February, 1928




"If you aren't sure of yourself, don't blame the boss for feeling the same way."

Of course, self-reliance and dependability are two, quite different characteristics. But, you will readily agree that they should be companions. We have all seen fellows whose self-reliance had no basis of ability, training, or experience. In fact, some there are whose self-reliance is found firmly footed upon their lack of all three of these elements,—upon an utter failure to recognize either the demands of the problem, or the limitations of the individual,—upon their ignorance. If that is what you are building upon,—you'd best make rafts instead of sky-scrapers or power plants. As a foundation it is "Unstable as water,——-."

Upon what must self-reliance be based, in order to be safe? Did I err, above, in naming ability, and training, and experience? Isn't that more than is necessary? Would not any one of these be a sufficiently safe foundation, if it were of large extent?

Ability. Downright, inherent, available energy. Intelligence. both mental and motor. That, without which, the world would stand still economically, mentally, spiritually. That which expresses itself in word and in deed, in literature and in life.  But,—it is a potential thing rather than kinetic. It needs releasing, directing into useful channels, harnessing, even curbing, else it is equally probable that it will die of inaction, or become destructive, rather than productive. Surely, ability is essential, but it is not enough.

Training- These are days when the untrained mind becomes less and less useful. No one advertises for unskilled workmen. We need men who know what the job is, how it is to be done. what the best methods are, even what the accomplished task stands for. Our experts must understand the principles hack of the processes if we are In trust them with our work, our goods and even our safety.   How low easily untrained and inexpert workers can bungle the whole task! What would the man with no training do if he were called upon to calculate the stresses in a bridge member? To plan a crop rotation? To treat a patient? To write a sermon ? To balance an account ? To assay a sample of silver ore? And you can easily extend the list by one hundred and one other things.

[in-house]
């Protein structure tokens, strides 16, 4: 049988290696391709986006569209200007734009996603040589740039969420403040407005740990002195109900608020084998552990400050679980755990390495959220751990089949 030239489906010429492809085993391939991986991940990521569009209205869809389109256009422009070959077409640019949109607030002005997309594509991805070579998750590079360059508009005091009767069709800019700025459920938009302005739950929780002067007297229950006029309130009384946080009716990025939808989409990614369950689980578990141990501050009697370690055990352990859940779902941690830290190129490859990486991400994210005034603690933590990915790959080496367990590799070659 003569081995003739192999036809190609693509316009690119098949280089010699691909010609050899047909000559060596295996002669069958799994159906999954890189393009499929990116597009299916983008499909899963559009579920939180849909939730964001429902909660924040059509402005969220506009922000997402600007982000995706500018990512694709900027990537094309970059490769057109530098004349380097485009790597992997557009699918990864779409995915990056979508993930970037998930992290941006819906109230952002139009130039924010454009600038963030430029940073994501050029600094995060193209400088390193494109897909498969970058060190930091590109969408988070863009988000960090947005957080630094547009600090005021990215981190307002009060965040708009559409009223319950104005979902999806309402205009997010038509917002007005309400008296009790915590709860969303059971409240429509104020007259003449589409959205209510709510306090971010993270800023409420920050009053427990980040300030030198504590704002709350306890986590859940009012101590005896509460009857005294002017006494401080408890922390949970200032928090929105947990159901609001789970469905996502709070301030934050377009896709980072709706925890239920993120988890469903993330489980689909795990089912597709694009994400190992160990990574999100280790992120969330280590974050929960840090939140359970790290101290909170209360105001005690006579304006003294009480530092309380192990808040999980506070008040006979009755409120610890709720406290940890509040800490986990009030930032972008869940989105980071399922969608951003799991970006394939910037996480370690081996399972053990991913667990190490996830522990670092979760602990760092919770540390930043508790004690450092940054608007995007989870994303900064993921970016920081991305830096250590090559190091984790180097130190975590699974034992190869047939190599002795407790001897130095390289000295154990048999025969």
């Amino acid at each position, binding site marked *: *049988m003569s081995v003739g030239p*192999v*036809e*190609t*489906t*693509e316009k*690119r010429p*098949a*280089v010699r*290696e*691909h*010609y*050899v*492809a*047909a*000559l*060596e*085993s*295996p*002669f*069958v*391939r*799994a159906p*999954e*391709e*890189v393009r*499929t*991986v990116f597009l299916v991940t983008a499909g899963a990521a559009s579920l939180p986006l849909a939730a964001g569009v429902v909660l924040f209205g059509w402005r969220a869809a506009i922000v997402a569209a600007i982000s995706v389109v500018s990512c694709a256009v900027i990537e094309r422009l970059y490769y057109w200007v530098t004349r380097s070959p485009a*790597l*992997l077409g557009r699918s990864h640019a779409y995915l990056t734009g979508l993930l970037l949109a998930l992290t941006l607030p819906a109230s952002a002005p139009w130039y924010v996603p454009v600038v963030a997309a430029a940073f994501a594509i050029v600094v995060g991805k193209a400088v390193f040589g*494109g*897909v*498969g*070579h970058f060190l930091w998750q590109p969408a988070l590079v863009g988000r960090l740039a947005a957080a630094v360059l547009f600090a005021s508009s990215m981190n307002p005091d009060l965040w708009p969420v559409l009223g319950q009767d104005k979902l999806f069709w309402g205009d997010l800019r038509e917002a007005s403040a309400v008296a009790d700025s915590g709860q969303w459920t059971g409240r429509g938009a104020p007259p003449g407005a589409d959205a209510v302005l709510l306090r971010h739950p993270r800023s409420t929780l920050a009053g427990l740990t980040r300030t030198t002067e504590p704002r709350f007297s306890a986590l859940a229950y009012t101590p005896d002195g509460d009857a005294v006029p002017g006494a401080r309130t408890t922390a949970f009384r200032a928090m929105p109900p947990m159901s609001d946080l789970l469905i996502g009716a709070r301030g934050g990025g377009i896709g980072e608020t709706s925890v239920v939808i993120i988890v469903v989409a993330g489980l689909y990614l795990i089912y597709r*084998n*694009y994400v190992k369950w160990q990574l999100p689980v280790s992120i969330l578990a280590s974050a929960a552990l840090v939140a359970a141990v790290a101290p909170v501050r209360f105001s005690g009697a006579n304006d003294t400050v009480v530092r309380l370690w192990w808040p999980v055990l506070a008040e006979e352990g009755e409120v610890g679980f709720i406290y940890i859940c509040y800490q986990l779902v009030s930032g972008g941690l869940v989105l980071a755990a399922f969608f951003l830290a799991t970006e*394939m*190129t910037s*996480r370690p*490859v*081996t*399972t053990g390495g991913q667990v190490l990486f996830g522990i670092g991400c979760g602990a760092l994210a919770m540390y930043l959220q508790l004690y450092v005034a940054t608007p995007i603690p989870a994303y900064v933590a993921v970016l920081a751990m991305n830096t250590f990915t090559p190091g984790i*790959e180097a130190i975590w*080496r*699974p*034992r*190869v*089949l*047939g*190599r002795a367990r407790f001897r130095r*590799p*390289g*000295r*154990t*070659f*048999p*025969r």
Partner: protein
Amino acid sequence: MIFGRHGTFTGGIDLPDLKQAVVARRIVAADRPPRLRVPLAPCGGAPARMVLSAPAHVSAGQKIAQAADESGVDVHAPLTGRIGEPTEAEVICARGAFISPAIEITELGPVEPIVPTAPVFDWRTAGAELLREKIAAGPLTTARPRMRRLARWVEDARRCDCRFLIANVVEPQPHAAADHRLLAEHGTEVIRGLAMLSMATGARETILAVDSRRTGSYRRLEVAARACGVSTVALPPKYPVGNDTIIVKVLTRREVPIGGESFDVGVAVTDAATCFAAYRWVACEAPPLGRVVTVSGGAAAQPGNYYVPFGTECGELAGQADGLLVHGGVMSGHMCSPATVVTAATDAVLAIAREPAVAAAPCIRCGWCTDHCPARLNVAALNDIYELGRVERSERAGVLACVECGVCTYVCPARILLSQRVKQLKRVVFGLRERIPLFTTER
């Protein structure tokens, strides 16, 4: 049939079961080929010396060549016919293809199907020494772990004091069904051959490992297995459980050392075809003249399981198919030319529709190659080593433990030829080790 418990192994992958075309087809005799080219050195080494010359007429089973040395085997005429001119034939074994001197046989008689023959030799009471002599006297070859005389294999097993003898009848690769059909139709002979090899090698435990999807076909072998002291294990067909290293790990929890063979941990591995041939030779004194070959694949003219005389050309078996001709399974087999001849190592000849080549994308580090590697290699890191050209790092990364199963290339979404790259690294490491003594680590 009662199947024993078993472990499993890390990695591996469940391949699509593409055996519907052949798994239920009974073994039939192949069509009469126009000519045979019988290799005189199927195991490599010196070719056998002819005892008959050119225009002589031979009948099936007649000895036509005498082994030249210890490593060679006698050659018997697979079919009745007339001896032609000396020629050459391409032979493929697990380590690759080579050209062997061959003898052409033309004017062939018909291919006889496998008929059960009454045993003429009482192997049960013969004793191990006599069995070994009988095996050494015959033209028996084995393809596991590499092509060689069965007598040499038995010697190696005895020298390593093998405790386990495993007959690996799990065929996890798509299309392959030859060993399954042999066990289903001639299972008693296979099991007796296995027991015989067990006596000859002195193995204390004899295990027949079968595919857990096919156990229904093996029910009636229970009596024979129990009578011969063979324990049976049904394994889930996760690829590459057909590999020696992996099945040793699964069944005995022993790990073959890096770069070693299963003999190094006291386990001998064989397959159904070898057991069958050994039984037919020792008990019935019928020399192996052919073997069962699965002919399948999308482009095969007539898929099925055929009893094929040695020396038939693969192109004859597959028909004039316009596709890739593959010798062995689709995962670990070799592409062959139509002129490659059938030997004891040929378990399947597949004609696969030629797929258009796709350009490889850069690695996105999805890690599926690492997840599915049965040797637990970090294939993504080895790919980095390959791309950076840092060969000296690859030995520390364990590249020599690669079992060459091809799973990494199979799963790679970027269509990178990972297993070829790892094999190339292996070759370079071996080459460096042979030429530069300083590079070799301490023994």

What, indeed, would he do? Well, nothing,—plain nothing. Or even less than nothing, for without training for these particular service demands, he might, by his errors, even cause much unnecessary trouble and danger.

Experience. This is the fire in which we heat-treat our working tools. It will melt soft metals which are unworthy of the tempering process. It will burn to ashes imitations cleverly made of wood. It will make keener the fine-edged cutting tool, and temper the strong spring.

Experience tries out all of our abilities, our training; our ideas, our foibles: our personalities, our characters. It is a testing and proving process. Without it, who knows his worth?

A safe and sane self-reliance, therefore, is a growing thing. It progresses from limit to limit, and is the result of a careful study and a conservative evaluation of one's own abilities, his training and his experience. It is a necessary part of the life of any successful man.

"If you don't trust your own judgment, don't blame the boss for feeling the same way,"—but, get busy on the task of proving yourself to yourself.

Are you better for being at the University? Is the University any better for your being here?

Let me quote President Coolidge: "No man was ever glorified for what he got, but rather for what he gave,"

Don't hesitate to do your best for fear you'll burn up the world. You'll be surprised and humbled to find how very weak and impotent your best proves to be. Upon the other hand. don't hesitate to do your best for fear it may not register. You'll be surprised and gratified to learn how far-reaching and effective an ounce of real superiority is. Can you compound this paradox?

If you are going to become great, is it too early to begin now?